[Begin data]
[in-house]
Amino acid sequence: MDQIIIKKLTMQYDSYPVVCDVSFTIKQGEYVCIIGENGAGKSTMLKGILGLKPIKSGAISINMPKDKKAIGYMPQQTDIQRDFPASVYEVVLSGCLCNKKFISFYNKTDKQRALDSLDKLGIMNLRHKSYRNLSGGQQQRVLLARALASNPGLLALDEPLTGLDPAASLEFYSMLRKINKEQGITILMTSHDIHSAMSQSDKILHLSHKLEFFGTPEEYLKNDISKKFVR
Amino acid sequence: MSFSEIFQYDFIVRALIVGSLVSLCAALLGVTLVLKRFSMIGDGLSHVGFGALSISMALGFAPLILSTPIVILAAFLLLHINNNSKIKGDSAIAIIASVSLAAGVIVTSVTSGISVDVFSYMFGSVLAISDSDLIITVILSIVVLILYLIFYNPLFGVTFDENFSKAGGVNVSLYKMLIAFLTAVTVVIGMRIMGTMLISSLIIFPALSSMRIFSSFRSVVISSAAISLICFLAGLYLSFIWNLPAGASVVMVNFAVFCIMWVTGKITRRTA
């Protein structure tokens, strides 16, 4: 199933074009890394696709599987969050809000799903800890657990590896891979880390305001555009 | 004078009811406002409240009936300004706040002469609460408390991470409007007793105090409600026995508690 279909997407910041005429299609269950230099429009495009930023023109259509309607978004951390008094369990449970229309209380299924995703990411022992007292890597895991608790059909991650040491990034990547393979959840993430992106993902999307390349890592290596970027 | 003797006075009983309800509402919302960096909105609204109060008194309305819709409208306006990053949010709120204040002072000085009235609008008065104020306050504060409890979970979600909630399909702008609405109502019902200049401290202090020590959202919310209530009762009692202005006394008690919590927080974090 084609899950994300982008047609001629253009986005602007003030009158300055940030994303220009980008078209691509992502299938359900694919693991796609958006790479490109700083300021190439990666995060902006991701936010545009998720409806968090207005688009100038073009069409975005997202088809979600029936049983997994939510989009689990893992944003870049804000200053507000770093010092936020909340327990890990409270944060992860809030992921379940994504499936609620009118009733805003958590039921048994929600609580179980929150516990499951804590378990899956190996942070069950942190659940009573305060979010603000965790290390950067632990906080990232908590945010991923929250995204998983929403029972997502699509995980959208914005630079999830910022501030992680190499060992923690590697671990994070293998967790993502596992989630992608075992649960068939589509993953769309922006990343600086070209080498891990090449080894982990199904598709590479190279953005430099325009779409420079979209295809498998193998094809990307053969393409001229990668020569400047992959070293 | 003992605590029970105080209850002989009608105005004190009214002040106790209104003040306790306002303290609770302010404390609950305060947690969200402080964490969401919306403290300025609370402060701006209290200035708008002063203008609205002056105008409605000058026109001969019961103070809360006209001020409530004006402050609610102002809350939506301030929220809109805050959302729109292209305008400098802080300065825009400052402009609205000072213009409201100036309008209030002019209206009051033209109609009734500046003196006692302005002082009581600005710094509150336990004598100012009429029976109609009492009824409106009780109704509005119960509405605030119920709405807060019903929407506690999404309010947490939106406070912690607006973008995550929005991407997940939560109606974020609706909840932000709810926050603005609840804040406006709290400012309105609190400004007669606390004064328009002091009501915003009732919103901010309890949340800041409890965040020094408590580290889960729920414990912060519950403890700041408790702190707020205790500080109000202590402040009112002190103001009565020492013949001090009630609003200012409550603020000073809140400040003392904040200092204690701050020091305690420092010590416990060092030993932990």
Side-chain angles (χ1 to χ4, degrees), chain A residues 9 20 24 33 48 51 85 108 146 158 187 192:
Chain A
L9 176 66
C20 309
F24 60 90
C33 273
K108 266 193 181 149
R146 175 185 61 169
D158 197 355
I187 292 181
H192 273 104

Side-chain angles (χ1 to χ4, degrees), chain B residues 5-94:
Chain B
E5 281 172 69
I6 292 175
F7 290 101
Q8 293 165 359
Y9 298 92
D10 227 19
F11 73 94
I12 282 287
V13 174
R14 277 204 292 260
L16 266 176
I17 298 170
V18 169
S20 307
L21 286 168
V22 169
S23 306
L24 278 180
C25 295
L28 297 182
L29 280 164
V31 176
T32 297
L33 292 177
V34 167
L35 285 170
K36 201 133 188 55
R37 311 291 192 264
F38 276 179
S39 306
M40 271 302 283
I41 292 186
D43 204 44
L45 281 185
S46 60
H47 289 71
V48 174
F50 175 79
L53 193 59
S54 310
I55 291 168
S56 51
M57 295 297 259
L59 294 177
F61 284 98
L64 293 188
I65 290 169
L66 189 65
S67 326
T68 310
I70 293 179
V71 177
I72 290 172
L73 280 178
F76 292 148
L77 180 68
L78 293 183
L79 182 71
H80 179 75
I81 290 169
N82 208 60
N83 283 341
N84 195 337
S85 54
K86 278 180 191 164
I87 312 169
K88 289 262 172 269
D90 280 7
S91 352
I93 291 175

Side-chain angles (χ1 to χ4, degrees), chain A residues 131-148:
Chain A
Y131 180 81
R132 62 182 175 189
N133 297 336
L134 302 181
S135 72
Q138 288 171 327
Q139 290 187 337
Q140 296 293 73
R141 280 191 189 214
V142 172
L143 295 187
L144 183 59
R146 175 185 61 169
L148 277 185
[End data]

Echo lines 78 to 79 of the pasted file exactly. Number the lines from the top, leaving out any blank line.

N82 208 60
N83 283 341